Over the course of 84 miles, the Enchanted Circle Scenic Byway runs through a remarkable landscape of towering peaks and deep canyons where wild rivers flow. In this spectacular area of northern New Mexico, you can explore wildlands from the seat of a mountain bike, the saddle of a horse, or the basket of a high-flying balloon. If you can dream up an adventure, you can do it here. And when you’re tuckered out and ready to relax, you’ll have your pick of entertaining mountain towns that suit any taste, whether you like to sip craft beer or stroll through art museums.
In the Enchanted Circle, the possibilities are seemingly endless, so we’ve highlighted 10 of our favorite adventures to help guide your way.
The Enchanted Circle centers around Wheeler Peak, the state’s highest point, which means the surrounding high country is prime hiking terrain. Around the town of Taos, Devisadero Loop tops locals’ list of favorite trails. It has a storied history, too — devisadero means a “lookout” place, and Taos Pueblo people once used the point to stand guard against invaders.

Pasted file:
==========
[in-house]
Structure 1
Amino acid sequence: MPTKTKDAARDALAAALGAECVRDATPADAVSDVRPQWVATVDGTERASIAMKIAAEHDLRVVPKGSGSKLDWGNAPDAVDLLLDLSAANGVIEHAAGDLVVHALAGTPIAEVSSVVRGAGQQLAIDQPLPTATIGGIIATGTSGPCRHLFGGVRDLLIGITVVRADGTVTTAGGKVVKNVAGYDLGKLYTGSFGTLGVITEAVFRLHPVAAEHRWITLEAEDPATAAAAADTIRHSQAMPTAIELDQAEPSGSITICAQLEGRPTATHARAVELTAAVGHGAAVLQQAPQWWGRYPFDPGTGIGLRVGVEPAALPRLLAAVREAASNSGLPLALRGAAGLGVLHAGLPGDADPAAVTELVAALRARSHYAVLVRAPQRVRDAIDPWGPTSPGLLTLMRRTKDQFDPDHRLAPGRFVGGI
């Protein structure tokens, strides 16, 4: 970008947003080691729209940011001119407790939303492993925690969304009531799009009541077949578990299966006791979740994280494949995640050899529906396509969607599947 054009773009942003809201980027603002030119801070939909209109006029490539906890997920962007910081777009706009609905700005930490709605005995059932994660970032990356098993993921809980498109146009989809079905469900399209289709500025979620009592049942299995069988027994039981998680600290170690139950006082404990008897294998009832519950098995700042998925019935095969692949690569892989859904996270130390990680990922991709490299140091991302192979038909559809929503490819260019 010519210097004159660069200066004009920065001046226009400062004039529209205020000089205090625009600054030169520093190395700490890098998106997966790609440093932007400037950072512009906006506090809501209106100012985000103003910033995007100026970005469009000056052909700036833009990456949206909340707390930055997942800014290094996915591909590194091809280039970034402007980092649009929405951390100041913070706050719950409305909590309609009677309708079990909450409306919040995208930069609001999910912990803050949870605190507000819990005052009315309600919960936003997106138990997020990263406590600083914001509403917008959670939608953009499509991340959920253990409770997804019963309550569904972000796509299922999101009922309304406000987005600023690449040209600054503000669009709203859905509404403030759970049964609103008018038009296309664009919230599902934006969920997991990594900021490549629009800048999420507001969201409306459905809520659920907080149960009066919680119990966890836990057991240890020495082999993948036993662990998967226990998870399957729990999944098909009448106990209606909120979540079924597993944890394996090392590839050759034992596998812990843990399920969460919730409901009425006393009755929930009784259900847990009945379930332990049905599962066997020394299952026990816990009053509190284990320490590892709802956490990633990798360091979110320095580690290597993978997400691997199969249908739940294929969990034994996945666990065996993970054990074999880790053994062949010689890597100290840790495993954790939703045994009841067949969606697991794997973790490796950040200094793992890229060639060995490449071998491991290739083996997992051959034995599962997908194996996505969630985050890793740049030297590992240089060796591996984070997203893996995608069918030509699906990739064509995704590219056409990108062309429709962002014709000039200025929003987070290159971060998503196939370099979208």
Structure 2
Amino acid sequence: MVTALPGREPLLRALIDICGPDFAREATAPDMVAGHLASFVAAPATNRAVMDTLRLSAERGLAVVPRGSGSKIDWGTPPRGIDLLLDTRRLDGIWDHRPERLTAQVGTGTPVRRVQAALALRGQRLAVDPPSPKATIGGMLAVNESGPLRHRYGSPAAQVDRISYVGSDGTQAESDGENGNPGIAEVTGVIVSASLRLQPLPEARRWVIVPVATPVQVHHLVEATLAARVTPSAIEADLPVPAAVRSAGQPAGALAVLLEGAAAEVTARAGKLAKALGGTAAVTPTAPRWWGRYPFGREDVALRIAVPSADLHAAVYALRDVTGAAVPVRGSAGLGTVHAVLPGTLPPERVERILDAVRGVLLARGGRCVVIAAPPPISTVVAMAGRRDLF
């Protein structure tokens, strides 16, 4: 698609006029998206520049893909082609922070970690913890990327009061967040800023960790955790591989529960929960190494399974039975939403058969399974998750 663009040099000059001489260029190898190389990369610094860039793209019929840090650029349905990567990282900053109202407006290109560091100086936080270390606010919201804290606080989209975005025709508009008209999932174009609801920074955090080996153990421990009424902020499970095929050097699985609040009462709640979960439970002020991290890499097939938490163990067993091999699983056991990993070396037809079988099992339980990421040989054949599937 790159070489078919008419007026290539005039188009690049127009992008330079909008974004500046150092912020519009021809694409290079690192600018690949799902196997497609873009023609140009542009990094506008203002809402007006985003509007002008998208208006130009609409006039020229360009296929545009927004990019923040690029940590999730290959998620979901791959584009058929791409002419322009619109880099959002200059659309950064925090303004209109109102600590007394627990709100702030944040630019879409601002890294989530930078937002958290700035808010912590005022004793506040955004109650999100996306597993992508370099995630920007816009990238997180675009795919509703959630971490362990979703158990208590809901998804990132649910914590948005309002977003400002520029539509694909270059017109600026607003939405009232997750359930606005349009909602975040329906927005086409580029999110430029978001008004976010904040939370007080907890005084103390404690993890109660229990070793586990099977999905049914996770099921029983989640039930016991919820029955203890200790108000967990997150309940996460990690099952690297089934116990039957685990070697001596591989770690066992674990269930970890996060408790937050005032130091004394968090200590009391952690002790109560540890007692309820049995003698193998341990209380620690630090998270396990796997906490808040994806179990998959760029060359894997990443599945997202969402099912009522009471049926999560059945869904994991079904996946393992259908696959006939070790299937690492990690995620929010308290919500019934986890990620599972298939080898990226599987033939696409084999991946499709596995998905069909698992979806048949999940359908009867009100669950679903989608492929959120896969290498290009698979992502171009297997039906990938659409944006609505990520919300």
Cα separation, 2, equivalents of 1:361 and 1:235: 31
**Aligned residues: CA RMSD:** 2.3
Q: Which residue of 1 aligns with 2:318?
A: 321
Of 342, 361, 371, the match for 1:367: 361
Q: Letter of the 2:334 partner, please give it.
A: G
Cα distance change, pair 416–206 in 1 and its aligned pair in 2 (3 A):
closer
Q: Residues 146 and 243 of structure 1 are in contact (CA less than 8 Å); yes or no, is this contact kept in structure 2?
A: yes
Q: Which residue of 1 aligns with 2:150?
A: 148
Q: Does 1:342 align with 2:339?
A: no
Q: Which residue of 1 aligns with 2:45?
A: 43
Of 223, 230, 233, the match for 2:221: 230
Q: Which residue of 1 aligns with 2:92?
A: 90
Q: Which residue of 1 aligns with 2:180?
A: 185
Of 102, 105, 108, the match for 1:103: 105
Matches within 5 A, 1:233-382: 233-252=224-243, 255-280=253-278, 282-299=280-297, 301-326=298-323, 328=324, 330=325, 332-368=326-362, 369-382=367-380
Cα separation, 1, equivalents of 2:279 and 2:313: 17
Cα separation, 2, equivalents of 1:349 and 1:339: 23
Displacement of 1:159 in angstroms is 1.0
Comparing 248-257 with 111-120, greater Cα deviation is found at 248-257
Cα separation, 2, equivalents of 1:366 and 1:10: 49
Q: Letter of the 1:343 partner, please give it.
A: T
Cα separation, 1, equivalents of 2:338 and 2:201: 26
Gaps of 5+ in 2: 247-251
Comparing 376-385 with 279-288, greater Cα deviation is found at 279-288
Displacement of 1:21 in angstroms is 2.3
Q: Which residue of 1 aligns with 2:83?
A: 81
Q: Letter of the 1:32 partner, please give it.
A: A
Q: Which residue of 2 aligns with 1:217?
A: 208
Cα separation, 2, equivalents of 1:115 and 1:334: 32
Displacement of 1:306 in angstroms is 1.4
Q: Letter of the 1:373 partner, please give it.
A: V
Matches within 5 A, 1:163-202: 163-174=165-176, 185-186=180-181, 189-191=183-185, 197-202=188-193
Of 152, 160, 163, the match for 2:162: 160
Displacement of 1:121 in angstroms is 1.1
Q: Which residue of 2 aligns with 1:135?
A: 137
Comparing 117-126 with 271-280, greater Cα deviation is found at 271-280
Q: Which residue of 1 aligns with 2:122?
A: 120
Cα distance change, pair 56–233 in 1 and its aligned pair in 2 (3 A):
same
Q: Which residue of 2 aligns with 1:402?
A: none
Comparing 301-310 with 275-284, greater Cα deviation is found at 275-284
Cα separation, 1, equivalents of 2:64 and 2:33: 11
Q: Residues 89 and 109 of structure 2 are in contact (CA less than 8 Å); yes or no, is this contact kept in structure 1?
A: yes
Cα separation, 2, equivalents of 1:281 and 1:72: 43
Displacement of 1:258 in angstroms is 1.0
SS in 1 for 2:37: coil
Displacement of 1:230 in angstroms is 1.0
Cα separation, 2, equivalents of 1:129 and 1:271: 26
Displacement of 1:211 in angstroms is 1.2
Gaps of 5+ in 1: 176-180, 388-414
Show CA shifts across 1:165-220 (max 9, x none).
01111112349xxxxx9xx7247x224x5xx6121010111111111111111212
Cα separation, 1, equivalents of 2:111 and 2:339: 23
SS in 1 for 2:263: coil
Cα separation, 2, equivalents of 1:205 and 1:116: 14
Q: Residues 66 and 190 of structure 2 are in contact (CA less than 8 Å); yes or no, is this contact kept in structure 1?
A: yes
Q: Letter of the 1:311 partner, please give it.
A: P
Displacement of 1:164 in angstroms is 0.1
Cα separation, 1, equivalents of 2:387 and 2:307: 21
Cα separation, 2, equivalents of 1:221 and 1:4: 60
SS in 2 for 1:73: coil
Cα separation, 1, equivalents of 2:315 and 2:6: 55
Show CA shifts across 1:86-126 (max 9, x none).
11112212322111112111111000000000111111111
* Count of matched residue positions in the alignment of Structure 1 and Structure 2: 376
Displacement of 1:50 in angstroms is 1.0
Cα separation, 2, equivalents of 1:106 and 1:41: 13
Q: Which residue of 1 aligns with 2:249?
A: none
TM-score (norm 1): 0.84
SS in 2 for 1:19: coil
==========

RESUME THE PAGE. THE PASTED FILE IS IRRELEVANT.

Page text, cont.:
At Taos Ski Valley, a quick two-mile (one-way) trail ascends to a glistening alpine lake and takes you through the pristine landscape of 20,000-acre Wheeler Peak Wilderness. Outside of Red River, the Columbine Hondo Wilderness beckons hikers seeking solitude and the gorgeous wildflowers that help give the area its name. For an unforgettable experience, join an outing with Wild Earth Llama Adventures for a walk with the surefooted camelids along the Columbine Trail. Another option is to head to the Rio Grande del Norte National Monument, where you can trek across high-desert mesas and descend into the 800-foot-deep Rio Grande Gorge.
2. Horseback Riding
For a true Western experience, saddle up to explore the Sangre de Cristo Mountains. Several stables offer trail rides with seasoned guides, including Red River Stables, Bobcat Pass Wilderness Adventures, and Nancy Burch’s Roadrunner Tours.